Franz West
612 N Western Ave, Los Angeles, CA 90004
Thursday, October 26 at 6:00 PM 8:00 PM
Ends Dec 16, 2023
David Zwirner is pleased to announce an exhibition of works by Austrian artist Franz West on view at the gallery’s Los Angeles location. This exhibition will survey a range of West’s sculptures, works on paper, and installations produced between the late 1970s and early 2000s. Image: Franz West, Telefonat (Phone Call), 1997 (detail) © Archiv Franz West, © Estate Franz West Courtesy Archiv Franz West, Estate Franz West, and David Zwirner Emerging in Vienna in the early 1970s, West developed a unique aesthetic that engaged equally high and low reference points and privileged social interaction as an intrinsic component of his work. By playfully manipulating everyday materials and imagery in novel ways, he created objects that served to redefine art as a social experience, calling attention to the ways it is presented to the public and how viewers interact with works of art and with each other. A significant grouping of West’s self-coined “legitimate sculptures” from the 1990s—colorful, abstract, painted papier-mâché and plaster forms that rest on unusual supports—will anchor the presentation. While the interactive works he had focused on in the 1970s and 1980s remained characteristic of his practice, in this decade West became increasingly interested in autonomous sculpture. With these works, he sought to fundamentally question the function and legitimacy of the work of art by inviting the viewer to question its larger context. In Three Times the Same (1998), composed of three totemic, painted papier-mâché forms each mounted on a pedestal of a different height, West sets up an implicit relationship between the elements, each informing the viewer's understanding of the other. Similarly, in Telefonat (1997), two sets of brightly colored sculptural forms that resemble an abstracted telephone receiver and cradle are placed on abutting studio tables as if communicating with each other. Also on view will be examples of West’s collaborations with his friends and fellow artists, including Janc Szeni and Heimo Zobernig, underscoring the importance of creative dialogue in his practice. Limerick (1994), first presented in the artist’s solo exhibition that year at David Zwirner, New York, was made on site with Zwirner’s assistance by applying thick layers of yellow paint to a surfboard. Slyly referencing his gallerist’s hobby and frequent pastime, West’s sculpture is at once recognizable and completely unusable as a surfboard, creating a playful disjuncture between object and function. A second gallery will feature a significant and rarely seen group of the artist’s early Passstücke (Adaptives), which he began making in the 1970s. These roughly hewn, abstracted sculptural forms are intended to be handled by the viewer in a manner of their choosing, thereby “adapting” the works to the viewer’s own physical being and context. Many of the forms are reminiscent of everyday objects, allowing the viewer to make loose associations while still handling the objects in an unconditioned way. Also included will be a grouping of West’s early drawings, which share the irreverent aesthetic and humor of his sculptures. In these compositions from the 1970s, West depicts figures in enigmatic scenes. Consistent with his later collages and sculptures, his figurative drawings of this period convey a mood of comic unease through the discordant relationships between people, objects, and their environment. Likewise, a group of West’s Namensbilder (Nameplates)—painted papier-mâché forms inscribed with the names of people with whom the artist was acquainted—echo the formal elements of the Passstücke while underscoring the communal and performative aspects of his work from this period. Furniture was an important part of West’s aesthetic output, and a number of examples of the artist’s divans, tables, and chairs will be placed throughout the exhibition, creating a communal space where visitors can rest and reflect on the artwork and their experience of it. A program of the artist's films from the 1990s, made in collaboration with Austrian filmmaker Bernhard Riff, will supplement the exhibition. West’s work was the subject of two major institutional presentations in Los Angeles: the survey exhibition To Build a House You Start With the Roof, on view at LACMA in 2009, and his first American site-specific museum installation, Test, presented on the roof of MOCA in 1994. This is the eleventh presentation of the artist’s work at David Zwirner since 1993, when his solo exhibition Investigations of American Art inaugurated the gallery’s program. This was followed by solo exhibitions at David Zwirner in 1993, 1994, 1996, 1998 (with Heimo Zobernig), and 1999. Following the artist’s death, the gallery organized an exhibition of his early work in 2004, a small survey in 2009, a show in 2014 that focused on work from the 1990s—accompanied by a catalogue published by David Zwirner Books, with essays by Eva Badura-Triska, Veit Loers, and Bernhard Riff—and a 2019 overview of the artist's work in London. Earlier this year, concurrent exhibitions of West’s work were on view at the gallery’s Paris and New York locations.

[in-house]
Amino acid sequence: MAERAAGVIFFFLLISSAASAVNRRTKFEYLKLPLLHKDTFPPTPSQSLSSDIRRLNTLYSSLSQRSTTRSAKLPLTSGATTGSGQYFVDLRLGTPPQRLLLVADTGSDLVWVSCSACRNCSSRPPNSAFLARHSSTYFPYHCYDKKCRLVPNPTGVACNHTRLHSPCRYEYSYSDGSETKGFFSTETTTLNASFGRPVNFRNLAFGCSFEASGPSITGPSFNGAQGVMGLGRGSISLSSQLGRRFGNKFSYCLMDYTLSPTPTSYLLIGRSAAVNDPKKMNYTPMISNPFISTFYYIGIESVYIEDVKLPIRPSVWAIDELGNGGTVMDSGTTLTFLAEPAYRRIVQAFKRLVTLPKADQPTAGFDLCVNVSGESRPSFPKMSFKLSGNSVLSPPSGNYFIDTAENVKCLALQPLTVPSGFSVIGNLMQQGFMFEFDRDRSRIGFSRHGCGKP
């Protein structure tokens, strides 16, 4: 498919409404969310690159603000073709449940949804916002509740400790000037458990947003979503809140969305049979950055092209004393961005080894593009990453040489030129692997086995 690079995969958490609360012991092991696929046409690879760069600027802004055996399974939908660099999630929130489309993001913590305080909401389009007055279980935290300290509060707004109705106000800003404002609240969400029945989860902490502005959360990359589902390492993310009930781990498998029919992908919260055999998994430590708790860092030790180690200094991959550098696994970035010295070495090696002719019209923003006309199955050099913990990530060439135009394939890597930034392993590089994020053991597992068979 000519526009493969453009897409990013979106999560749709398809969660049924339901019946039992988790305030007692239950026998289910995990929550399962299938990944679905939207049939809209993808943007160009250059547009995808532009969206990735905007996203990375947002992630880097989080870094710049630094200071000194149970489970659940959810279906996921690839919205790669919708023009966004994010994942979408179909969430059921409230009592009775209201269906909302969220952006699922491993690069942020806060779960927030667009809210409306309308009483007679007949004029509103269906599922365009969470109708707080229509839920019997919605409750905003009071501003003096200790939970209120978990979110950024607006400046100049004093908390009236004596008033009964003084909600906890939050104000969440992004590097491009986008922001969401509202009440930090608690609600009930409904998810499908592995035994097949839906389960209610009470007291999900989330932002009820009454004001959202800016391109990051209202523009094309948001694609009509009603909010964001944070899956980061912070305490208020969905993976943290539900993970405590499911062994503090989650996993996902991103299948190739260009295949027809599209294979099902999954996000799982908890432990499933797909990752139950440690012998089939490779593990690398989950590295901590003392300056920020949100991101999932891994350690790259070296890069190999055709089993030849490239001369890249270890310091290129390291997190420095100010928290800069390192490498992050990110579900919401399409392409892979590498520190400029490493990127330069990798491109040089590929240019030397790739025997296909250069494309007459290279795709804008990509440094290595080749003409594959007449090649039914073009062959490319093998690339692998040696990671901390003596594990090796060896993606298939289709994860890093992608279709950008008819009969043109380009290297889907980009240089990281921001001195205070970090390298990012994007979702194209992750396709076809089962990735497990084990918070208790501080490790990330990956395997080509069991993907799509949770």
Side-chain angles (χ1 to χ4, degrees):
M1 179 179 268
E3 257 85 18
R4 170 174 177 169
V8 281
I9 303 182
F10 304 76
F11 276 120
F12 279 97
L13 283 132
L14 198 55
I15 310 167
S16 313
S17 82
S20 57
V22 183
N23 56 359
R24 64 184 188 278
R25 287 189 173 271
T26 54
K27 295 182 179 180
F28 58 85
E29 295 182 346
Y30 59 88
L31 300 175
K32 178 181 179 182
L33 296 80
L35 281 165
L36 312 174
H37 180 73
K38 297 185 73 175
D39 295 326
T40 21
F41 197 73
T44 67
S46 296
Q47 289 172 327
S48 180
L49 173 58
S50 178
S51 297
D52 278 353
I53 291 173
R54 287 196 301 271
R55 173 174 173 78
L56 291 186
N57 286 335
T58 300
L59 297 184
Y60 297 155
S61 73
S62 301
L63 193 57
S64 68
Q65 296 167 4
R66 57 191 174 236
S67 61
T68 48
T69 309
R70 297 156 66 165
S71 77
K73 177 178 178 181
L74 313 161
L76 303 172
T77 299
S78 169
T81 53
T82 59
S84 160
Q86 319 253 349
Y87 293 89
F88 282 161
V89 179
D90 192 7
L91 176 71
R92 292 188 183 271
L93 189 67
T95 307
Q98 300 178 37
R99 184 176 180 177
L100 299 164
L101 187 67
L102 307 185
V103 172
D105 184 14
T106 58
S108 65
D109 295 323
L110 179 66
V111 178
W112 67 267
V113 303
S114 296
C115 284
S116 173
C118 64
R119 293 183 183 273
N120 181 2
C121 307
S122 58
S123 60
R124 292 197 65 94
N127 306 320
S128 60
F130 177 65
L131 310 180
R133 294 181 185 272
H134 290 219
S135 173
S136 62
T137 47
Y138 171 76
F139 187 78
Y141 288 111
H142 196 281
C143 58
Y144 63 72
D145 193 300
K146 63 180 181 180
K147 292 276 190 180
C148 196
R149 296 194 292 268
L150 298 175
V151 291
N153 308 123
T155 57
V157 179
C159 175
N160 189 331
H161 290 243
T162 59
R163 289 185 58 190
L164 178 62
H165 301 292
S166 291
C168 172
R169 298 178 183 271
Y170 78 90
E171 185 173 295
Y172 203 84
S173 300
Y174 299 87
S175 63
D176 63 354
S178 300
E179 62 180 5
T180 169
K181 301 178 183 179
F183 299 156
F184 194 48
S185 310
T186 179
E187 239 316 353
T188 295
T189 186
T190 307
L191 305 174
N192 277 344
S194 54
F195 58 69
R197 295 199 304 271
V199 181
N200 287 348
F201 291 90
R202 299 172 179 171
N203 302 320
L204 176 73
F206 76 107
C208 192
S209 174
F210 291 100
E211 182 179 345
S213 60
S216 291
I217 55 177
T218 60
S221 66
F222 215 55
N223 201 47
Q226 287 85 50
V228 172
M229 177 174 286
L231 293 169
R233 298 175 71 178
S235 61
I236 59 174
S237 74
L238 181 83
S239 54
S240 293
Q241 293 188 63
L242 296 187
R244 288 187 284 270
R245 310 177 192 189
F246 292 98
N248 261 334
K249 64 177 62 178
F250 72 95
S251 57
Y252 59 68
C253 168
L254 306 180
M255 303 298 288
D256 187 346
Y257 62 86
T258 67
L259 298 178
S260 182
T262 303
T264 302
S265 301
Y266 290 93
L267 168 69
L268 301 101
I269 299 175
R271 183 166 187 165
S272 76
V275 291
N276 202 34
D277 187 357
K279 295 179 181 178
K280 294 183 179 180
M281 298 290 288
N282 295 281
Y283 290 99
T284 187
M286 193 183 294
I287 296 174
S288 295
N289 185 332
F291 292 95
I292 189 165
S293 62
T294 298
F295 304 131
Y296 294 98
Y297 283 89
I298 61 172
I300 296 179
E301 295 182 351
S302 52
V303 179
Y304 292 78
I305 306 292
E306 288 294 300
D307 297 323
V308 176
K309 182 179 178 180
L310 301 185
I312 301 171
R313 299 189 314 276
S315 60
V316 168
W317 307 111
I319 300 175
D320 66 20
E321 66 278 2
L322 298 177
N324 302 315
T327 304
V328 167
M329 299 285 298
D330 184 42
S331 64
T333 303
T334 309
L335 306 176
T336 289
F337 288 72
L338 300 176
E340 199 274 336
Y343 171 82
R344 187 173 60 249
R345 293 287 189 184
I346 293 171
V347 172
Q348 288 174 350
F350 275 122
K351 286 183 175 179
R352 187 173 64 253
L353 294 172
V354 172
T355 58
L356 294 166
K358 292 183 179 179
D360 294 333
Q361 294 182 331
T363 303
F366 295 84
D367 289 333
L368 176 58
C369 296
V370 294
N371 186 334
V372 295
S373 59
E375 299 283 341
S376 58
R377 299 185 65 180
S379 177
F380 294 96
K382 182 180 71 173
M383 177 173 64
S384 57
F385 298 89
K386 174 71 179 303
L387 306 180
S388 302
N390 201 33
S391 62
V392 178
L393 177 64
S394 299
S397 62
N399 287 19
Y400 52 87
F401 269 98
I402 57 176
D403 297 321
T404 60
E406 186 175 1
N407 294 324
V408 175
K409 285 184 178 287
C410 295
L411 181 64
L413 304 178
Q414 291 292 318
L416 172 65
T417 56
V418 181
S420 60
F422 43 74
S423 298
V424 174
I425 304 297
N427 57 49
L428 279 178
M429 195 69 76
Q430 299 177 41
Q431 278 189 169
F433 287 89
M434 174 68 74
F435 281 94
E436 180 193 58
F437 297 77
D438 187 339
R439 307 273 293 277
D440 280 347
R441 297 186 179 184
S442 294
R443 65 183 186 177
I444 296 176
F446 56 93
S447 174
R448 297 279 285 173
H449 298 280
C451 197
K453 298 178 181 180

• Curate LA Partner